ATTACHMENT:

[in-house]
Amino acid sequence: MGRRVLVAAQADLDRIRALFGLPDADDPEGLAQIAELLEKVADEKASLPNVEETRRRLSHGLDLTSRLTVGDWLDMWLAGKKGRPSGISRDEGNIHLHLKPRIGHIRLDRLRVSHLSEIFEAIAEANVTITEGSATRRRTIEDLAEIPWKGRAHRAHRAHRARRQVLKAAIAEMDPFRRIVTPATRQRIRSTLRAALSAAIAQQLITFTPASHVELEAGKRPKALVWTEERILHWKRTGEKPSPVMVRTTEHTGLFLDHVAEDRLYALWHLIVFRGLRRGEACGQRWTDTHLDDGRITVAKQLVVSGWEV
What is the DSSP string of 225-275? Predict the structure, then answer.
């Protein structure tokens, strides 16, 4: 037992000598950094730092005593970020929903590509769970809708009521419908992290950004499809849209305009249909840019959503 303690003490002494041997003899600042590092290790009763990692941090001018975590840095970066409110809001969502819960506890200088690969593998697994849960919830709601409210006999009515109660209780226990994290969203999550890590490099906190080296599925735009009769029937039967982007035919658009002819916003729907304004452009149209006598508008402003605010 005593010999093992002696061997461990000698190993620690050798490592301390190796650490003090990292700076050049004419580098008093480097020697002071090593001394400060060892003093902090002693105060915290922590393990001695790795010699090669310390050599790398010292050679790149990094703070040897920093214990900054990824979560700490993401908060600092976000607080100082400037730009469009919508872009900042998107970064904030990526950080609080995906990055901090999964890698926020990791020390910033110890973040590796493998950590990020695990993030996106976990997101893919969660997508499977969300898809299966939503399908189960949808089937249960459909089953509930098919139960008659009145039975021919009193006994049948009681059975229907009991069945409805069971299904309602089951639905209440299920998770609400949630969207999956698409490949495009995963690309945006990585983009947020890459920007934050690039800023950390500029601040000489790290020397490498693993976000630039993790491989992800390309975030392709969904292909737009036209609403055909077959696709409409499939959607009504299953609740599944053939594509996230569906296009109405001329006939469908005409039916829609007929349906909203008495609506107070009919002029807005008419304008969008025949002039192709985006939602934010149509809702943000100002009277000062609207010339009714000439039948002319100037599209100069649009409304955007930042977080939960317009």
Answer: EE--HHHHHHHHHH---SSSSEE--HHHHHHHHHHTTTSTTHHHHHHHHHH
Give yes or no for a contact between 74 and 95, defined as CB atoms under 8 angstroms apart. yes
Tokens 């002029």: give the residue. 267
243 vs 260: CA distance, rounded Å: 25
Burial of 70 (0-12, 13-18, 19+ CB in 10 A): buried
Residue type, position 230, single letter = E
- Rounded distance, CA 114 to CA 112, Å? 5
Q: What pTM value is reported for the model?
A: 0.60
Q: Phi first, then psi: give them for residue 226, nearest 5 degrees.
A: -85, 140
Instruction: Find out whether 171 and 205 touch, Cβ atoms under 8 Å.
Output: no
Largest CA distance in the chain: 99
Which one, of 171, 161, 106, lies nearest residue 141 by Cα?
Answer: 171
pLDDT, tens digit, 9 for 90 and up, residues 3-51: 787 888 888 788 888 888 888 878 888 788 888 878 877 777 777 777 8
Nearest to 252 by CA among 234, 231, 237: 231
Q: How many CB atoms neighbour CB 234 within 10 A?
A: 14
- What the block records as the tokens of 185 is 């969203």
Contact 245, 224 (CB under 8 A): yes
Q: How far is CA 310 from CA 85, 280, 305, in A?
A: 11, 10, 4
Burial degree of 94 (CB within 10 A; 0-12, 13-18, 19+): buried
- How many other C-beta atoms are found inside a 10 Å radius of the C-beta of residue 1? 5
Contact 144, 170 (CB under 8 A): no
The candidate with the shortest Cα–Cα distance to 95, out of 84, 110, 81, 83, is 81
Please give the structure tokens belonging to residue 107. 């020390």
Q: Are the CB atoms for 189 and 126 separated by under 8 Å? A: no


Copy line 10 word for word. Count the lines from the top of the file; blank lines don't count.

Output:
Residue type, position 230, single letter = E